“Hope, when it comes to birth, is not just a confidence that there is a future for us, it's also a confidence that there's a continuity so that the future is related to the same truth and living reality as the past and the present. Hope is again hope in relation;
relation to that which does not go away and abandon, relation to a reality which knows and sees and holds who we are. You have an identity because you have a witness of who you are.... What you don't understand or see, the bits of yourself you can't pull together in a convincing story are all held in a single gaze of love. You don't have to work out and finalise who you are and who you have been; you don't have to settle the absolute truth of your history or story; because in the eyes of the presence which does not go away, all that you have been and are is still present and real; it is held together in that unifying gaze as if you were to see a pile of apparently disparate, disconnected bits suddenly revealed as being held together by a string, twitched by the divine observer, the divine witness...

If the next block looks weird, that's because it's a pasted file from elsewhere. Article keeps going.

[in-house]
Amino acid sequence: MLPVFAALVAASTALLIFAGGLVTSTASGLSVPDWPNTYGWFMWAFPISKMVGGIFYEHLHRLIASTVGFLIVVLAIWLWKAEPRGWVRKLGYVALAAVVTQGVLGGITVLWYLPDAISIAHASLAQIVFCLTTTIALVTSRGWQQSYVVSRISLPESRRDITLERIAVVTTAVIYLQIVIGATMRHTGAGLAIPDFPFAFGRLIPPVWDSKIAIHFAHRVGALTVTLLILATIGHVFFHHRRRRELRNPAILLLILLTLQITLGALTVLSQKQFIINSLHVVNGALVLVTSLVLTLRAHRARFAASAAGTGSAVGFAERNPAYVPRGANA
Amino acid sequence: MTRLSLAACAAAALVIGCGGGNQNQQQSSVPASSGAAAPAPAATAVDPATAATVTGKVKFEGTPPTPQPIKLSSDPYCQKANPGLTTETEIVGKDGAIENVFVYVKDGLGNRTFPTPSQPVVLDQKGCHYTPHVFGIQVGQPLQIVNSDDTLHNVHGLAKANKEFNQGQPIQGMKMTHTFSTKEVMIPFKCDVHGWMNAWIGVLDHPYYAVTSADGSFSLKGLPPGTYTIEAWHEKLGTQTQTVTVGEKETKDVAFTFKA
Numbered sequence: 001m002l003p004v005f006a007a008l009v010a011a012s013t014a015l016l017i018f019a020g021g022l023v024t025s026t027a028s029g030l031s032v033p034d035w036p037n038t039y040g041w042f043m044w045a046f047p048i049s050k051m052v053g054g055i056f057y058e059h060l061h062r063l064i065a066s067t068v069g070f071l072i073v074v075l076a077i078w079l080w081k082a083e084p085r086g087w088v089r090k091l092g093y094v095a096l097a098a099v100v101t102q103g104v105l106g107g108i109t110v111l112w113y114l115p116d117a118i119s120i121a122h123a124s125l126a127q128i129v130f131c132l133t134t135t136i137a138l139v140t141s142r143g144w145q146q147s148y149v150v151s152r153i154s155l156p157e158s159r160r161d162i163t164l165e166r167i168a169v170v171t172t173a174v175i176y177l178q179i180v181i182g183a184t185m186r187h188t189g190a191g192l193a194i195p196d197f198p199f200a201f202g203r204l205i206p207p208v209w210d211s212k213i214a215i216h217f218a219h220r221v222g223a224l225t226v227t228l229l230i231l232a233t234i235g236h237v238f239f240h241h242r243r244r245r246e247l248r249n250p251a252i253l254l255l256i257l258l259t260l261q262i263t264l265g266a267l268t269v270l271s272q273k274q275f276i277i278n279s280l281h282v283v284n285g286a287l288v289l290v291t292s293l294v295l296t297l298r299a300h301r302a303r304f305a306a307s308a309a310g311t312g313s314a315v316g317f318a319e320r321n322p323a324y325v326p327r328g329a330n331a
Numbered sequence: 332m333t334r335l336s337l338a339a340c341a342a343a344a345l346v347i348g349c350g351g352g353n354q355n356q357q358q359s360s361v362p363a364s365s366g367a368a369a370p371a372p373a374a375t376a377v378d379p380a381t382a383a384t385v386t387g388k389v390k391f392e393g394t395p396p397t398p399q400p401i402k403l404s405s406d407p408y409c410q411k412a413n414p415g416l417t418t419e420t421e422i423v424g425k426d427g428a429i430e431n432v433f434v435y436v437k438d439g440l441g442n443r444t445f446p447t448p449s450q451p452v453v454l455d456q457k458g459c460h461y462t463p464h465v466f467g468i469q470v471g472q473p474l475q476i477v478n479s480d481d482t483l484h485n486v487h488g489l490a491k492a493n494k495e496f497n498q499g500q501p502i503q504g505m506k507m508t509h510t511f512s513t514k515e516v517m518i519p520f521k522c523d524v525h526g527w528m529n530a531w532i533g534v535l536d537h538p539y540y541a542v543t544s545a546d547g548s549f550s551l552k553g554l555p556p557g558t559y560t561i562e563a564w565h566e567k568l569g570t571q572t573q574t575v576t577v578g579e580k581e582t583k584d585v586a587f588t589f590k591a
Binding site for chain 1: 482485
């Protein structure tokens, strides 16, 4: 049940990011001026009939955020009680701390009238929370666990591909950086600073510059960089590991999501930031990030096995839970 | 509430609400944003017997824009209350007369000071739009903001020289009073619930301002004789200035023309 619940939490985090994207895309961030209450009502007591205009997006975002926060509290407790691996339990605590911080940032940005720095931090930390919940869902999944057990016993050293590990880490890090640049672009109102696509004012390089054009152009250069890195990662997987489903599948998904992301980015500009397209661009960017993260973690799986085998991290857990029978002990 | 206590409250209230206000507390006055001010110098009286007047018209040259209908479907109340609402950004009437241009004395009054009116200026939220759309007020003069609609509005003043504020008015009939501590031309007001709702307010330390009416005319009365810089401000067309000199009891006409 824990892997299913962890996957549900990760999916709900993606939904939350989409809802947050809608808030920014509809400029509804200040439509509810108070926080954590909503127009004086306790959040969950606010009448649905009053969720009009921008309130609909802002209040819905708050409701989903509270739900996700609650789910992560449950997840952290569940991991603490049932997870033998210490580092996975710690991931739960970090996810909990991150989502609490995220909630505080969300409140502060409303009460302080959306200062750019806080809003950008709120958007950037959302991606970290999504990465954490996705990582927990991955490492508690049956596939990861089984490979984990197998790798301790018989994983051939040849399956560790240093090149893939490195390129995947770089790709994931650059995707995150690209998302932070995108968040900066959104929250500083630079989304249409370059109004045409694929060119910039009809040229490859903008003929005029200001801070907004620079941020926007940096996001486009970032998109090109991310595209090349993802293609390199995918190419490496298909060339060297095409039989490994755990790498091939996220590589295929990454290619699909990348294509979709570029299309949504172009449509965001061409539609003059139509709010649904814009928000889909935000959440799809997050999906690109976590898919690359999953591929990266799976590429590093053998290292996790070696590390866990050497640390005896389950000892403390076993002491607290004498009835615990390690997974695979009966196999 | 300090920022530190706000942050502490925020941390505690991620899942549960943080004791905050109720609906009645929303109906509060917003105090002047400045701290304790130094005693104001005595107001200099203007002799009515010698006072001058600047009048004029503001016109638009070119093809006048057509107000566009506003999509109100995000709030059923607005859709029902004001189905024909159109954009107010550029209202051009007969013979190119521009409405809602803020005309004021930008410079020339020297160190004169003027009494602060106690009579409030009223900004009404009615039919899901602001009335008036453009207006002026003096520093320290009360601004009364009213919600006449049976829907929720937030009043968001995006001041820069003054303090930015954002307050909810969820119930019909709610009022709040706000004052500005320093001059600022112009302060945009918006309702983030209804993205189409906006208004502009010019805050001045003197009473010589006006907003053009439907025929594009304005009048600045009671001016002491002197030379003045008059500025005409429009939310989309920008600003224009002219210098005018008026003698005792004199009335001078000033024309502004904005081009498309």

Hope in Christ, then, not simply confidence in the future, but confidence that past, present and future are held in one relationship so that the confusions about memory – who were we? Who was I? Who am I, and who are we? -- become bearable because of the witness in heaven, a witness who does not abandon.”
So memory is made perfect, and can rest in hope, But what about will? How does our will, that power that makes us and move us towards what we want, turn to love?
Williams says that we have lost touch with the “deep desires that actually make us who we are...the sense that there is a current in our lives moving [and our call and our destiny is this]...to discover slowly and patiently the direction of our life and to find the context in which we will grow as God means us to. To grow into love” and that is finally to come home.
So as our understanding is made perfect in faith, our memories made sacred in hope, our will is made perfect in Christ’s love for God, for us, for all. That is our call as the church, the gathering of God’s love. We are a new people in this faith, hope and love.
Listen: the stone has been rolled away, there is no dead body, he has risen from the grave, and all our understanding, memory and will are able by God’s grace and the love of Christ to be made new in faith, hope and charity, That is our call and our glory, for Christ is risen from the grave, and we are a new people. Alleluia!